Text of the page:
- Try using a content delivery network (CDN) for media. One of the easiest ways to address a slow-loading website is to use a CDN to host your media. A CDN is basically a large group of servers that can send signals from servers closer to your user's location as opposed to a single central server. Many e-commerce platforms such as Shopify have baked in CDN capabilities. Two very popular CDN services include CloudFlare and Amazon's CloudFront.
- Minimize expensive code. As mentioned above, when running a speed test, you'll see a breakdown of how long it takes each individual file to load. This breakdown will point out particularly slow-loading files. This is your opportunity to trim and remove "expensive' code." Some quick wins in cleaning up your code include compressing CSS/JS files, using GZIP compression for files and minimizing the number of images loaded.
5. Streamline checkout. When a visitor adds an item to their cart and approaches checkout, you want to make that experience as streamlined as possible. Although many e-commerce platforms will restrict developers from modifying the checkout process too much, there are a few tactics that can be used to help make purchasing as easy as possible for your customers:
- Add a mini cart. Some consumers want to poke around your site and throw a bunch of different items in their cart. One way to keep them engaged during their buying experience is by adding a "mini cart." A mini cart is basically an icon that tallies the total items in their cart and displays summarized information. Having a mini cart gives them both a reminder of what they've already added to their cart and quick access to checkout.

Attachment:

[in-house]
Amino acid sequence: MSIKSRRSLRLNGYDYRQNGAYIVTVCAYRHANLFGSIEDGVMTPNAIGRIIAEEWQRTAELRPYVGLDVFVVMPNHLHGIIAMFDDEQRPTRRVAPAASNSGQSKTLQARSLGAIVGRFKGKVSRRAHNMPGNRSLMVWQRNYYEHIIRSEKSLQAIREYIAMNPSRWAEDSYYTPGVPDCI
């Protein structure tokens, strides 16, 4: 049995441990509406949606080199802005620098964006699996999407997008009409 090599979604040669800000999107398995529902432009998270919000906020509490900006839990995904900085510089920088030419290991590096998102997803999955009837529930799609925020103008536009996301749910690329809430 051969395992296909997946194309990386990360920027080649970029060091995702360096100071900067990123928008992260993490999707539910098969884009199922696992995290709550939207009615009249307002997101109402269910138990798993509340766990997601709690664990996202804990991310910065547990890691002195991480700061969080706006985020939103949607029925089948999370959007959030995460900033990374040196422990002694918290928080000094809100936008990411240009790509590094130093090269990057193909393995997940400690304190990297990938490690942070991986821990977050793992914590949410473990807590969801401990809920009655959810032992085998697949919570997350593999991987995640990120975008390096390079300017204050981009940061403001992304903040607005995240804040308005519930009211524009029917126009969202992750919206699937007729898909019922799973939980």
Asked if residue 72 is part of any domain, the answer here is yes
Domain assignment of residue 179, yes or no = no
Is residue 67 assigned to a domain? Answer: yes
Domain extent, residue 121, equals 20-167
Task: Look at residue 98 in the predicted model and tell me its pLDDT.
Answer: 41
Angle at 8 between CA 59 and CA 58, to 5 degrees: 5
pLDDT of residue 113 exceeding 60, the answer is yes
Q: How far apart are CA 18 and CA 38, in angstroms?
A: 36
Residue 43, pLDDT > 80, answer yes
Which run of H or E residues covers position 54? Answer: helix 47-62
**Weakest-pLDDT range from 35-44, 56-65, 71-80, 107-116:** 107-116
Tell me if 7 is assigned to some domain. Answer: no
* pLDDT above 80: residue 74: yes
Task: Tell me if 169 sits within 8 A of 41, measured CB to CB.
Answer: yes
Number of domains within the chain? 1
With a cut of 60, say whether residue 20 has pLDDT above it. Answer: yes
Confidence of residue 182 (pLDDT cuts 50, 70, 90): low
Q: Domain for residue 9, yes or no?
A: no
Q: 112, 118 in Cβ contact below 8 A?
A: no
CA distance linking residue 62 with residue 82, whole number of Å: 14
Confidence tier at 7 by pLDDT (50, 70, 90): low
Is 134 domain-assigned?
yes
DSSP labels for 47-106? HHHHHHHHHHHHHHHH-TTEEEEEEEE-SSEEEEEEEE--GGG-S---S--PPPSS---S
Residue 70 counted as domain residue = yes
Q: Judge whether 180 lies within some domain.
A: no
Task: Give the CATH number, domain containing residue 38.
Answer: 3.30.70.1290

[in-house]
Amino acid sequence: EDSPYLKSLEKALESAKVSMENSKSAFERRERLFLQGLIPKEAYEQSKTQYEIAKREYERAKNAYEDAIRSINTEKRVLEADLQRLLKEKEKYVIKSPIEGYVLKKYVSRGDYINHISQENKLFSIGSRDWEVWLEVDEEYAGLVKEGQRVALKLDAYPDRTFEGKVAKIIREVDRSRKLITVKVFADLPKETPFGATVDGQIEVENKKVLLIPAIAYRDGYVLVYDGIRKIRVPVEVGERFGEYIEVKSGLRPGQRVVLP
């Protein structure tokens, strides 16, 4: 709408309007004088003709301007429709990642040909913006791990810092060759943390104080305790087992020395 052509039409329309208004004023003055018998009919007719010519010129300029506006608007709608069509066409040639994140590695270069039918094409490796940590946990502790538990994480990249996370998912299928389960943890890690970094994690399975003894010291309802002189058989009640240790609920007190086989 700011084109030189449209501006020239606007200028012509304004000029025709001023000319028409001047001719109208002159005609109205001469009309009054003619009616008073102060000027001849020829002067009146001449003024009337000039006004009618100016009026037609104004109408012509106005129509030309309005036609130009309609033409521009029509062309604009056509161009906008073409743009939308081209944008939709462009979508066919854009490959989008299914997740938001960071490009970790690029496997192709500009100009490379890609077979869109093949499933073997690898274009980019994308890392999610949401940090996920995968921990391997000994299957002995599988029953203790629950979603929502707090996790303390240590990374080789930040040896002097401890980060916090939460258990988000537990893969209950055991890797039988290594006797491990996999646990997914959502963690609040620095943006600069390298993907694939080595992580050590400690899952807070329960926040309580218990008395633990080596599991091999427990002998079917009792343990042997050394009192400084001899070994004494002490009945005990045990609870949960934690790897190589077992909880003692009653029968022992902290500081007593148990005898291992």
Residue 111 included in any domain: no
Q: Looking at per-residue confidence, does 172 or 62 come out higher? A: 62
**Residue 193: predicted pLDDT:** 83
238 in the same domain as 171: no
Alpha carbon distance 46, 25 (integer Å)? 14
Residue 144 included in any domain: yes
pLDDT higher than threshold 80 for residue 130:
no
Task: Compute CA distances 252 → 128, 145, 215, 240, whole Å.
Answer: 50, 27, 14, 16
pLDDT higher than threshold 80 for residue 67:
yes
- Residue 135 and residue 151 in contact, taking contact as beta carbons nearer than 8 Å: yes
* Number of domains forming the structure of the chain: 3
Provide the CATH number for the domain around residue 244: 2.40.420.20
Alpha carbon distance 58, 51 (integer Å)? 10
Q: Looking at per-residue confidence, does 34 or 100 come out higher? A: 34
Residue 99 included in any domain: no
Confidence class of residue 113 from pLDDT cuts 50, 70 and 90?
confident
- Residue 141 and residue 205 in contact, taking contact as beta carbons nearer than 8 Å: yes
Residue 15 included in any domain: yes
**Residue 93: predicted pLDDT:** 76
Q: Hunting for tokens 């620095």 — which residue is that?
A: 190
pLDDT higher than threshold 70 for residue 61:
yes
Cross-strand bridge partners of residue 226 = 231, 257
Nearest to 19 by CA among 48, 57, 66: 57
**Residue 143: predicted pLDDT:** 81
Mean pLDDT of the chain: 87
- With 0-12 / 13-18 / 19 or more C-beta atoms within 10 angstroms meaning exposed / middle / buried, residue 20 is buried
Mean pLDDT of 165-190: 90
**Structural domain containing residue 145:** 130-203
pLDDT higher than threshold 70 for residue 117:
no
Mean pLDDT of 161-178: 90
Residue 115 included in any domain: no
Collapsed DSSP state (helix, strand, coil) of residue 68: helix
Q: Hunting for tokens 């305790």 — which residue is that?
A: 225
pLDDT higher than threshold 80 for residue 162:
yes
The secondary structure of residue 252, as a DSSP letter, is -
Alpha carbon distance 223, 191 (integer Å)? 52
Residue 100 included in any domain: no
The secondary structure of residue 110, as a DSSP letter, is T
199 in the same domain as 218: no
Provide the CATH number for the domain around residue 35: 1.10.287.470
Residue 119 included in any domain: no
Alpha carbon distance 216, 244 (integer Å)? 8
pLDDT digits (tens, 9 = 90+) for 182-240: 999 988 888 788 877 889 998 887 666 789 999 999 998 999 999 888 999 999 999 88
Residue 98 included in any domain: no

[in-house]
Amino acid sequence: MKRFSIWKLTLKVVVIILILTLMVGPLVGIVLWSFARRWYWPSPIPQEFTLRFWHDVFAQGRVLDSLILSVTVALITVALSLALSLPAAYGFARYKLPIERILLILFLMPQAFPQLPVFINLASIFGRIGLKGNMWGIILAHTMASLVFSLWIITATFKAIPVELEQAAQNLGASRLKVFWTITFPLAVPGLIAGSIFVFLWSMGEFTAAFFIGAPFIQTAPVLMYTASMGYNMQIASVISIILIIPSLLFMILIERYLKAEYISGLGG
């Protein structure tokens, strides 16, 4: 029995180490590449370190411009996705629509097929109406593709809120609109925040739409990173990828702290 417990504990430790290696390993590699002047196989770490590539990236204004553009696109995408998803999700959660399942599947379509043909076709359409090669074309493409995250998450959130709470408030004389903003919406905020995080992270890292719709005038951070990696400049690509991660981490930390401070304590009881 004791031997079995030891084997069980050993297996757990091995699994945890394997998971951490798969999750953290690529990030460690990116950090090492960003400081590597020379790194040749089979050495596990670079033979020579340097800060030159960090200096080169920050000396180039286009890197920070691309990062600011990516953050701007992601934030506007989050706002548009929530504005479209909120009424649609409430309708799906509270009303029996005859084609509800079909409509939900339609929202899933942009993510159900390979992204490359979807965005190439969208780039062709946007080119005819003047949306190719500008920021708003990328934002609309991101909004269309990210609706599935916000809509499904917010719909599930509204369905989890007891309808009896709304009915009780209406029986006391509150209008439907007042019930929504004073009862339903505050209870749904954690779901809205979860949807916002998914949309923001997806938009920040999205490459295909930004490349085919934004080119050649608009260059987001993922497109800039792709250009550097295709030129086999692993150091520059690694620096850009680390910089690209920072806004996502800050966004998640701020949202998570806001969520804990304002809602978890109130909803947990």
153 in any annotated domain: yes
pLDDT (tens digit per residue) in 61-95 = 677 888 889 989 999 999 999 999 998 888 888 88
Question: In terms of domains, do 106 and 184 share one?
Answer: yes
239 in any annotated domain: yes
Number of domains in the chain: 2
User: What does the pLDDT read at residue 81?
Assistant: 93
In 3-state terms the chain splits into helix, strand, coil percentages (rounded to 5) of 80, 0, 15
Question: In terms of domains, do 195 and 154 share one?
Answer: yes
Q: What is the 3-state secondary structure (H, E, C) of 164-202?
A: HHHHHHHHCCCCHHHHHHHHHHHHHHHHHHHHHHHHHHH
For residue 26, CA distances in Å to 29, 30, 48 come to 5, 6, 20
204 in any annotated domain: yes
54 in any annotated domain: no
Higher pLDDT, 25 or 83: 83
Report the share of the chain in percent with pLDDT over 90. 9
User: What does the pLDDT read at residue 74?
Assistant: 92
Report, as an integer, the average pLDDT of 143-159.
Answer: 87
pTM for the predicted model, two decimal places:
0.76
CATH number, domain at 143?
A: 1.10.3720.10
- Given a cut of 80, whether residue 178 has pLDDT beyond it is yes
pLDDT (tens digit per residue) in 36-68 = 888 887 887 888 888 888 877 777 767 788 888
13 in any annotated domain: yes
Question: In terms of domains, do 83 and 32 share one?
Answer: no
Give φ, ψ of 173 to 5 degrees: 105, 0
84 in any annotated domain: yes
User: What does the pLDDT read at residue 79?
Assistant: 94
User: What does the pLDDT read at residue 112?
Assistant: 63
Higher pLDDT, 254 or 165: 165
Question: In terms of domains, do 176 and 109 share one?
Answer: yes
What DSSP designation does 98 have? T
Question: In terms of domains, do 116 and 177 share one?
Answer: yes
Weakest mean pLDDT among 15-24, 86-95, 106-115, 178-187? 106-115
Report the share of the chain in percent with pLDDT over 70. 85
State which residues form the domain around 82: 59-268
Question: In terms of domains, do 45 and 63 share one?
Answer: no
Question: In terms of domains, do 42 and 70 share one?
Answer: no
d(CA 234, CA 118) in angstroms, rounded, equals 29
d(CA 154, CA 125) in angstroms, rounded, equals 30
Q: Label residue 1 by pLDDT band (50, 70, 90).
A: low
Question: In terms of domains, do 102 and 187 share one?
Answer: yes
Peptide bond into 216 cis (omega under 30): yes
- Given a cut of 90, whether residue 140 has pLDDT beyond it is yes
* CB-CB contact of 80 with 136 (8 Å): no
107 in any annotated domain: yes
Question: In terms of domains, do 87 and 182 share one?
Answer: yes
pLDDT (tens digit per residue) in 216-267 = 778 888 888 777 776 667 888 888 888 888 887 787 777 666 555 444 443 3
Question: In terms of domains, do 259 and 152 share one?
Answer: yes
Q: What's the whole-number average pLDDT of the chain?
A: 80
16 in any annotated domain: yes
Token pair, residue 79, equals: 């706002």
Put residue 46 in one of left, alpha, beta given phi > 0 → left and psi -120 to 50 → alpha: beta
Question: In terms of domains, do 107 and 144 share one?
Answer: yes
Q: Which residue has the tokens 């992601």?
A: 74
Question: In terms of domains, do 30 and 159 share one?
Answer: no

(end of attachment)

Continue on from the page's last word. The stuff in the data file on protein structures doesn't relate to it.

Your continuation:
- Upsell at the shopping cart. When a visitor is ready to review their shopping cart and proceed to checkout, don't be afraid to make one final push for additional products. This moment is powerful as you know the consumer is ready to buy. A recommended product, accessory or other upsell could be an easy decision for them and quick extra cash for your company.
- Offer guest checkout. Not all customers want to go through the process of setting up an account when checking out. Getting them to sign up is certainly valuable for their future interaction with your website (e.g., order history, shipping information, etc.), but don't force customers to set up an account if they would rather have a speedier transaction.
All of these tactics have the potential to increase conversion on e-commerce websites. Prior to implementing these tactics, I'd recommend reviewing your analytics platform to ensure you're able to accurately track current conversions and potential conversion increases. Every online retailer should have Google Analytics with e-commerce integration configured, but it might be worth adding a more sophisticated conversion funnel analysis tool such as Mixpanel as well. In addition, consider using an A/B testing tool to granularly measure the impact these changes have on conversion rates. Two popular platforms include Visual Website Optimizer and Optimizely.
Finally, although we've spent this article discussing how to improve conversion, be careful not to read too much into your sitewide conversion rates without digging deeper into channel-specific and product-specific conversion.
Ross Beyeler is the founder and managing partner of Growth Spark, a provider of strategy, design and technology services.